One of my pet peeves in English is when a speaker does NOT clear up ambiguity when using pronouns. For example:
Mary and Elizabeth went to the store. She bought an apple.
In the above sentence, it is not clear who bought the apple. This is because 'she' could refer to either Mary or Elizabeth. Drives me crazy!
Now, quite often in Spanish, pronouns are omitted because the subject is implied by the conjugation of the verb. However, things can become ambiguous when speaking in the third person. Let's examine the following excerpt from the book "El Quijote: Para estudiantes de español":
Pensó Don Quijote que el mundo le necesitaba. ... En ese momento recordó que no podía entrar en batalla. No había sido armado caballero. Según las leyes de caballería no podía luchar con nadie hasta que no fuese armado caballero. Decidió que el primer caballero andante que encontrase le armaría caballero.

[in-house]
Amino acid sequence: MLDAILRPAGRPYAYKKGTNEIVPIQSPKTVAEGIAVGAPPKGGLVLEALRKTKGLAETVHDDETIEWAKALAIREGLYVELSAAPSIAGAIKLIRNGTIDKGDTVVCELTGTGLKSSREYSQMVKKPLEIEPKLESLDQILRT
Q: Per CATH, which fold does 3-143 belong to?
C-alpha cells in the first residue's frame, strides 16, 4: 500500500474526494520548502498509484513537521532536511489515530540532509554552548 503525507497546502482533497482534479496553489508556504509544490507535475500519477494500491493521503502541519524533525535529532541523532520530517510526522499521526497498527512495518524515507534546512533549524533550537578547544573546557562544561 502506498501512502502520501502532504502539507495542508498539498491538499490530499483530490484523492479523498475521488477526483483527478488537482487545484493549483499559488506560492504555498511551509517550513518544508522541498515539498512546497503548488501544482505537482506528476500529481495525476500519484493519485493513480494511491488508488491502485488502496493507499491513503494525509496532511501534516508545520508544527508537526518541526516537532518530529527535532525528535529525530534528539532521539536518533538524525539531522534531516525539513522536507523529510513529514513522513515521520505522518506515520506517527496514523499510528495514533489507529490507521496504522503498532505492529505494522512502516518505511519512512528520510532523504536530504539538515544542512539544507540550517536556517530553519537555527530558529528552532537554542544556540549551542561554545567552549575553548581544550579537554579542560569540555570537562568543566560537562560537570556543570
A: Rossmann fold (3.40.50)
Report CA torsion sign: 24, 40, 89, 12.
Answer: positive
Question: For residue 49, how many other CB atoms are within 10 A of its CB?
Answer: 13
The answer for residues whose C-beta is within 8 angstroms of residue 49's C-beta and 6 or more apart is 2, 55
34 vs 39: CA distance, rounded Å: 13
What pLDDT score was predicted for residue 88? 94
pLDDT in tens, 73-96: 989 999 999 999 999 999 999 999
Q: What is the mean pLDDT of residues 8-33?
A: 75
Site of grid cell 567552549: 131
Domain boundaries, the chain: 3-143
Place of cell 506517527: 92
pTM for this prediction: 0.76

The bolded text is where I find the ambiguity. Being that I'm still a beginner with the language, it took me several readings to understand this. I believe it means:
He (don Quijote) decided that the first knight that he (don Quijote) met would arm him (don Quijote) with knighthood.
So, it took me a while to understand that the 'le' in 'le armaría caballero' refers to don Quijote, and does not refer to the errant knight.
Does such ambiguity present a problem to native speakers of Spanish? Or is this a problem merely for language learners like me? Is there a way to express the bolded text in manner that is more clear?
I'm thinking someone might post an answer saying, "There is no ambiguity to the brain of a native Spanish speaker. The direct and indirect objects of the sentence is obvious."